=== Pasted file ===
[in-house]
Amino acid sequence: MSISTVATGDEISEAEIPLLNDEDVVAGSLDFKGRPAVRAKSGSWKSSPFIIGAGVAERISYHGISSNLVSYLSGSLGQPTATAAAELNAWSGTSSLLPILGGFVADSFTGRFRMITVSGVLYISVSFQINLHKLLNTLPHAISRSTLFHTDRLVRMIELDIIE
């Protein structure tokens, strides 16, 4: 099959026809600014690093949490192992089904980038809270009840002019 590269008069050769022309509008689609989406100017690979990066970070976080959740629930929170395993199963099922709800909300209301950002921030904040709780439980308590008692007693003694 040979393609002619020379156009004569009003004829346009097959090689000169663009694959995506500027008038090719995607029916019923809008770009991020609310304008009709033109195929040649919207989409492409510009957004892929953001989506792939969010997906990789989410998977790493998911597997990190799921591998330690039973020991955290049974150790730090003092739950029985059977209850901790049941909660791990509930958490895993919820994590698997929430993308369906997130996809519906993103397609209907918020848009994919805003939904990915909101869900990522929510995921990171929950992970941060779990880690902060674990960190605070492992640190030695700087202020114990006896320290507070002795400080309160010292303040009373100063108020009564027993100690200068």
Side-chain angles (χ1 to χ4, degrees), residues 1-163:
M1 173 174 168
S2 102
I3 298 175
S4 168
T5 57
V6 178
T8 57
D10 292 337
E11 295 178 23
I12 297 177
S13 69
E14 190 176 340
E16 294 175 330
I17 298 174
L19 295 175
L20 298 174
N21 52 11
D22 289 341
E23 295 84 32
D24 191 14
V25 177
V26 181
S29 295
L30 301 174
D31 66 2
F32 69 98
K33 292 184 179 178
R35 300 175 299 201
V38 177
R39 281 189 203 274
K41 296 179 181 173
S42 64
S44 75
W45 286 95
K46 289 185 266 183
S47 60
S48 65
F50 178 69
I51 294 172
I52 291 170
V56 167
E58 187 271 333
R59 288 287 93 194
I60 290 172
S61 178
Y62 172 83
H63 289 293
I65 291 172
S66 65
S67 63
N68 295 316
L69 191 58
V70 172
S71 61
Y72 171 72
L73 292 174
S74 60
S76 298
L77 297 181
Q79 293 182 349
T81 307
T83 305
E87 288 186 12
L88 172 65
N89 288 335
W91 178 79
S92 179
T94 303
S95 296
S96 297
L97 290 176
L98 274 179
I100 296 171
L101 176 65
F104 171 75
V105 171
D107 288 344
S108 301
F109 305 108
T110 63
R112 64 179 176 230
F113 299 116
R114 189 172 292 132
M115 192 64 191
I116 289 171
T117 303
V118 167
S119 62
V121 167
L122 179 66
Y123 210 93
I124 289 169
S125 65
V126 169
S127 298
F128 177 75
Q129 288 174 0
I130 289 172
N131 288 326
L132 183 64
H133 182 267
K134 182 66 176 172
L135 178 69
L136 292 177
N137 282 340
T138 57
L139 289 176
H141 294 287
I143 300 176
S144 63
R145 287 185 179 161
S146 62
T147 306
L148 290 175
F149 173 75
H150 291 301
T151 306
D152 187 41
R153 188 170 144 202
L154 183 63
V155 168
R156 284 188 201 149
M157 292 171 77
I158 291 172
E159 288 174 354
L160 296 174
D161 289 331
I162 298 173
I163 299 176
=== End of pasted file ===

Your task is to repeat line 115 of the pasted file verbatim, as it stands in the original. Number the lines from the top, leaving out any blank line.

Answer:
R145 287 185 179 161